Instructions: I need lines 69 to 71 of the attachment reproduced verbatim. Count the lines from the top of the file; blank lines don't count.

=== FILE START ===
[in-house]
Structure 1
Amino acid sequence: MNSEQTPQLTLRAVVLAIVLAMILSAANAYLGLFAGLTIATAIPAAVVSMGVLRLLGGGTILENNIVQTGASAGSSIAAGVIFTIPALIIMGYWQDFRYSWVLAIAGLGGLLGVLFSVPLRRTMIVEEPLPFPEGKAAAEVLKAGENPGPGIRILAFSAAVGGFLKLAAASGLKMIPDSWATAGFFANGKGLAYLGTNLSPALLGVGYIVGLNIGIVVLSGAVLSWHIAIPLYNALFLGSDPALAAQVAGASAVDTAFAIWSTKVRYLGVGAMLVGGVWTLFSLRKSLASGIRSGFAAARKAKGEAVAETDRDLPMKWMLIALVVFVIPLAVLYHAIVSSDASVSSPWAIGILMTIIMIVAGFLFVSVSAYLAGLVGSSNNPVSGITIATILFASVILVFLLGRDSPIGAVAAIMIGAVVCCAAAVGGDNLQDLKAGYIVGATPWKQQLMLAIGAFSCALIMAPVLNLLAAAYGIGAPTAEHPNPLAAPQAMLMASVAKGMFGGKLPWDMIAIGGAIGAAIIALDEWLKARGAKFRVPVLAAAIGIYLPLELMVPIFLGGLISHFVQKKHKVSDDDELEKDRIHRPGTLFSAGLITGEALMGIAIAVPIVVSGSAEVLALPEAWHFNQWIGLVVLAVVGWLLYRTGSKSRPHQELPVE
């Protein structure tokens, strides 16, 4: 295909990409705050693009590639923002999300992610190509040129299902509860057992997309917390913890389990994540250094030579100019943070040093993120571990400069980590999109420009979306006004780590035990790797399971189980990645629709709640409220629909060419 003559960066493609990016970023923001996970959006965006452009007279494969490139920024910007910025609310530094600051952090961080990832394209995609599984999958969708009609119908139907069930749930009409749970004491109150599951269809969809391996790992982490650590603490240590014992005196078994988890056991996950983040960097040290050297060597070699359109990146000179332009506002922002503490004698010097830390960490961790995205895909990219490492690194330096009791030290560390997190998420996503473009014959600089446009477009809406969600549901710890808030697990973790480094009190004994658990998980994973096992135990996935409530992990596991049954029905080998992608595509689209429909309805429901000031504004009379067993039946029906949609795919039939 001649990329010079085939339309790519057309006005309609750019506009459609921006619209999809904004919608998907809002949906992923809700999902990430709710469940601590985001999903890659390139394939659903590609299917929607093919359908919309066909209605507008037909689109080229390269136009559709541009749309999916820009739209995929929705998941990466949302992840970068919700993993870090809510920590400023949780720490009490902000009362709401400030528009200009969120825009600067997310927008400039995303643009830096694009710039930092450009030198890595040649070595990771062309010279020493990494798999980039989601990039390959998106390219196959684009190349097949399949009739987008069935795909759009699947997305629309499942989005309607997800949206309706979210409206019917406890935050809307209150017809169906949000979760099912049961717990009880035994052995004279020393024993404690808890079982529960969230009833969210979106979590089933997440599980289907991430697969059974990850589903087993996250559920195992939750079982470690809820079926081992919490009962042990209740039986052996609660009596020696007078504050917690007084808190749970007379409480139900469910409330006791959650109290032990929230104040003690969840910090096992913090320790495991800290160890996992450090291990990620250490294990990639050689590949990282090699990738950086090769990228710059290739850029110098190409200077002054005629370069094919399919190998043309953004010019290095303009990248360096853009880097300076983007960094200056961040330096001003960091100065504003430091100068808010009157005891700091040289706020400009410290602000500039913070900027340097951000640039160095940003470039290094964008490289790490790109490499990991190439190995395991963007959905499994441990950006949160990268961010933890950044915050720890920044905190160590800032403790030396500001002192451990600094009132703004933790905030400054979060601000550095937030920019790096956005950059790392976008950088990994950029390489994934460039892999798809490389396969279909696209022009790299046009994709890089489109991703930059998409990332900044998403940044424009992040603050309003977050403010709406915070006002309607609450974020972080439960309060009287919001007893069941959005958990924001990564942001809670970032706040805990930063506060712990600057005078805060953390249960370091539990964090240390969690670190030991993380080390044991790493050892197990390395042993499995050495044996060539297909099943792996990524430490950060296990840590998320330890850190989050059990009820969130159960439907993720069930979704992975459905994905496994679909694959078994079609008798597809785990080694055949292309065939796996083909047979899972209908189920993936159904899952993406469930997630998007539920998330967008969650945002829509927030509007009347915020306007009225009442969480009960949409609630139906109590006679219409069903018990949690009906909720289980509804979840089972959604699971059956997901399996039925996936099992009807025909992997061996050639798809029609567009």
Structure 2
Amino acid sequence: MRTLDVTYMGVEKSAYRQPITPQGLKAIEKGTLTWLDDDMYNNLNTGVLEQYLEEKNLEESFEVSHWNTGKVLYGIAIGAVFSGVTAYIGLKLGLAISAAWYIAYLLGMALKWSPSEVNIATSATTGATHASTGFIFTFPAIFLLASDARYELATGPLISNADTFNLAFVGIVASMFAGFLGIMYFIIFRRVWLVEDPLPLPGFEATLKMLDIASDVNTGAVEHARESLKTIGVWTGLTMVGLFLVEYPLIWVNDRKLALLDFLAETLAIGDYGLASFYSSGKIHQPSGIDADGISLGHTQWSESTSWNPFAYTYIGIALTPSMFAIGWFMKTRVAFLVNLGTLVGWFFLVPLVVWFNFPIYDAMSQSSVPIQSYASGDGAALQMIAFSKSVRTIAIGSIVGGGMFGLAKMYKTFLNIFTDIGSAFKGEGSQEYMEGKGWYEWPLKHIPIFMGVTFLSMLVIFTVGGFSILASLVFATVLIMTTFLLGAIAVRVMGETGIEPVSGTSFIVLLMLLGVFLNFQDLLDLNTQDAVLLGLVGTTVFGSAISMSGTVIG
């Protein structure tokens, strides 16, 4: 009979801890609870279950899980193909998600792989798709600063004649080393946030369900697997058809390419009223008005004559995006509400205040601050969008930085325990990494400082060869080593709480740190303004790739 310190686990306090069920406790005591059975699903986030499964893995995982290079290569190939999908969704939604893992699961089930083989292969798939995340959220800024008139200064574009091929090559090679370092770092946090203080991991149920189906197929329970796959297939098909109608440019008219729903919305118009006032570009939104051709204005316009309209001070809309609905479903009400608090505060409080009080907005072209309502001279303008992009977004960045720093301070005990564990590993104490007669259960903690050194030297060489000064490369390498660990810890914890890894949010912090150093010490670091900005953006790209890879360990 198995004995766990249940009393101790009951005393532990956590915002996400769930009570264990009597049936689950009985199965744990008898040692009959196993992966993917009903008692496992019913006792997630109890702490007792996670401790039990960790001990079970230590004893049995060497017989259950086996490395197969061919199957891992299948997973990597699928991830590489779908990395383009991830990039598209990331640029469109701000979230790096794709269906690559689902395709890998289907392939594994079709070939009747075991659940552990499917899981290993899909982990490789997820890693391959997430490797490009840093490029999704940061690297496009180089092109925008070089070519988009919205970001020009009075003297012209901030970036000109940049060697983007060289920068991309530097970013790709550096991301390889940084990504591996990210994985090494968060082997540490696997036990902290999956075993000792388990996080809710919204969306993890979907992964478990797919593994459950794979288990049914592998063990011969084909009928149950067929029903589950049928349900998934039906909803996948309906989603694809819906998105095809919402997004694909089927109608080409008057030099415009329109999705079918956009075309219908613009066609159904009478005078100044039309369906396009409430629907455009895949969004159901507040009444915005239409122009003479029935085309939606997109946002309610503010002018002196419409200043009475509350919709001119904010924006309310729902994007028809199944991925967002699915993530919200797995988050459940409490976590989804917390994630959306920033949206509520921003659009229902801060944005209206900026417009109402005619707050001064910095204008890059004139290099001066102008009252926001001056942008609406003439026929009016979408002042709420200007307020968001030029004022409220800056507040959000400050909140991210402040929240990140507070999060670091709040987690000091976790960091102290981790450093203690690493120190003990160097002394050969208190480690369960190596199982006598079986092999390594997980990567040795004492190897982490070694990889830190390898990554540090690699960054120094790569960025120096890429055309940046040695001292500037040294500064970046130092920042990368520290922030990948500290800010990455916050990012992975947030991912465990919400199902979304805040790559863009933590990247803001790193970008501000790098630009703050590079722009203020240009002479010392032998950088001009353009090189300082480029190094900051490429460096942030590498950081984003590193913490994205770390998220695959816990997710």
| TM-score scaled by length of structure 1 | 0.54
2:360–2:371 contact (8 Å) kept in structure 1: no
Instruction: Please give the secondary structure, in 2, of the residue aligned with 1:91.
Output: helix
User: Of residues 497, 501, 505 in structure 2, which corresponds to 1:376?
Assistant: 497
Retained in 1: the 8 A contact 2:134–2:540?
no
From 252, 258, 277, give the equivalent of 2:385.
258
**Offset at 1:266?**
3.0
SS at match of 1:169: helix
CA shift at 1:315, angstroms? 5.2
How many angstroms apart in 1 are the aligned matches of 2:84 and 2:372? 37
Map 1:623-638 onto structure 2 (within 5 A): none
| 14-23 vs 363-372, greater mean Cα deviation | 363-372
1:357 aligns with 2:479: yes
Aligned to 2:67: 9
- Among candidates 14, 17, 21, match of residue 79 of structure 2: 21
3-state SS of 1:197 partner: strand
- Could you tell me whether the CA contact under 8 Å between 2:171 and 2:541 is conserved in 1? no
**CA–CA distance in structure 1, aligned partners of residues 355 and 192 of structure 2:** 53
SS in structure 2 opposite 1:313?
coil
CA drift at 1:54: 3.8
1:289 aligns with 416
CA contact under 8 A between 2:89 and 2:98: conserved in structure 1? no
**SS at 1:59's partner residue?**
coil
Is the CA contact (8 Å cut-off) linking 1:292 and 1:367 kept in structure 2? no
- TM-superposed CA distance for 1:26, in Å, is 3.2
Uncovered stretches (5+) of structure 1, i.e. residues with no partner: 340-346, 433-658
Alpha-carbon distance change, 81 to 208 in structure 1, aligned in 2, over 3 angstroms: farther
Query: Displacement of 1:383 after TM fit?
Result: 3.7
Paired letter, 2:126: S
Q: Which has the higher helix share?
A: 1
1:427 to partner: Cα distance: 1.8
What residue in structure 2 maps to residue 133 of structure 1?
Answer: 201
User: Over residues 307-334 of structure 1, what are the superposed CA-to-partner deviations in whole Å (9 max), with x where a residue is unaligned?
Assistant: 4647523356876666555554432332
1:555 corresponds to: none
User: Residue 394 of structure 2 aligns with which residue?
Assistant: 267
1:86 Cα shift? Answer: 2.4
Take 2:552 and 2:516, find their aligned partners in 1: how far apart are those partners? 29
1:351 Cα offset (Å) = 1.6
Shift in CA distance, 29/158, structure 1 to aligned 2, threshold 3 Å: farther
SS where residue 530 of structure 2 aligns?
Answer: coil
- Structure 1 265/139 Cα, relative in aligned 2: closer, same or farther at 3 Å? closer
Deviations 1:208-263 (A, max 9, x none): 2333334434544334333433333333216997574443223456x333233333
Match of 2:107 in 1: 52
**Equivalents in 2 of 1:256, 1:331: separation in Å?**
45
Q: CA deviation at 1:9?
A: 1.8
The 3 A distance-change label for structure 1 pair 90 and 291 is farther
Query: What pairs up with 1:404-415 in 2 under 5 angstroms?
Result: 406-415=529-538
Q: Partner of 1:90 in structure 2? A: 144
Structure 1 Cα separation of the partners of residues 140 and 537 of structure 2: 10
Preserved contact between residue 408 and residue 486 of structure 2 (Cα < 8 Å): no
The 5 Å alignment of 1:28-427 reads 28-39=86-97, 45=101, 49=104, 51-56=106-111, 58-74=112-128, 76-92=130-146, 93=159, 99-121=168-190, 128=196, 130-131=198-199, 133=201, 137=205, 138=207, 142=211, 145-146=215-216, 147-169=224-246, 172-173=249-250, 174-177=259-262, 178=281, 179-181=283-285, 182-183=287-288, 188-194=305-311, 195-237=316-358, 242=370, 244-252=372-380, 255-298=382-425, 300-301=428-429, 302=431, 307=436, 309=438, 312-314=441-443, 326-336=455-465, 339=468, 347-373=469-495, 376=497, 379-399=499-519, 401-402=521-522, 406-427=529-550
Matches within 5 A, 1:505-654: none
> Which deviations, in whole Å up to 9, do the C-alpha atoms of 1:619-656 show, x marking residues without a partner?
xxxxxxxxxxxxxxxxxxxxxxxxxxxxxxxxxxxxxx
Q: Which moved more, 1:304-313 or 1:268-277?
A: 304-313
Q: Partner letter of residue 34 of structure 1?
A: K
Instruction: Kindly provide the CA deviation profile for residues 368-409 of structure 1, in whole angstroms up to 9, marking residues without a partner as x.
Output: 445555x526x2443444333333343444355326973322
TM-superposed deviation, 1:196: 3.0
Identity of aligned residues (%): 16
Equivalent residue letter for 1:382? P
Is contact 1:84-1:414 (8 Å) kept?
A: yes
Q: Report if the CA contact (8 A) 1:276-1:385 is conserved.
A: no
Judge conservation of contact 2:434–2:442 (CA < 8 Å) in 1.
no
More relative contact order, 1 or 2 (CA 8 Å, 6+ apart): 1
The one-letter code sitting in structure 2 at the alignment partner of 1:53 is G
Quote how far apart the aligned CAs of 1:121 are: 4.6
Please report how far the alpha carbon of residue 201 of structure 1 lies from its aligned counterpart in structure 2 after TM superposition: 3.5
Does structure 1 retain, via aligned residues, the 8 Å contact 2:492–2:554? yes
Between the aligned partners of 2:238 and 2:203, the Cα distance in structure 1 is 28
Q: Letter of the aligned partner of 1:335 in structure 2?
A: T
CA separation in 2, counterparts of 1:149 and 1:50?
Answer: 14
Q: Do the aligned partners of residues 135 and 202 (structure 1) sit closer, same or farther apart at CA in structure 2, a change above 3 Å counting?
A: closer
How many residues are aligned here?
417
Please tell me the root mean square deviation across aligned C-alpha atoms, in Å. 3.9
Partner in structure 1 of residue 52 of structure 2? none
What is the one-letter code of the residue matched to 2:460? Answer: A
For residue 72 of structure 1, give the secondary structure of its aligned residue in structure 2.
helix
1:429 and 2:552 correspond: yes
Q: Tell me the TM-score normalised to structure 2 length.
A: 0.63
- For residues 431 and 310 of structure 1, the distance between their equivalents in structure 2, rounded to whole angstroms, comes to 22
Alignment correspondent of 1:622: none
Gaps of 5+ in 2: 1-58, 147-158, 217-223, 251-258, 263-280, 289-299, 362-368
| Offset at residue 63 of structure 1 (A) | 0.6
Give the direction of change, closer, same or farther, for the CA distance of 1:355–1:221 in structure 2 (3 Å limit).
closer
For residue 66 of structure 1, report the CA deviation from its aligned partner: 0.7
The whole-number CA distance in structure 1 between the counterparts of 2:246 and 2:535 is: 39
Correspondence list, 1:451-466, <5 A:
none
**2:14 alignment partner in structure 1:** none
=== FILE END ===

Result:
Query: What pairs up with 1:404-415 in 2 under 5 angstroms?
Result: 406-415=529-538
Q: Partner of 1:90 in structure 2? A: 144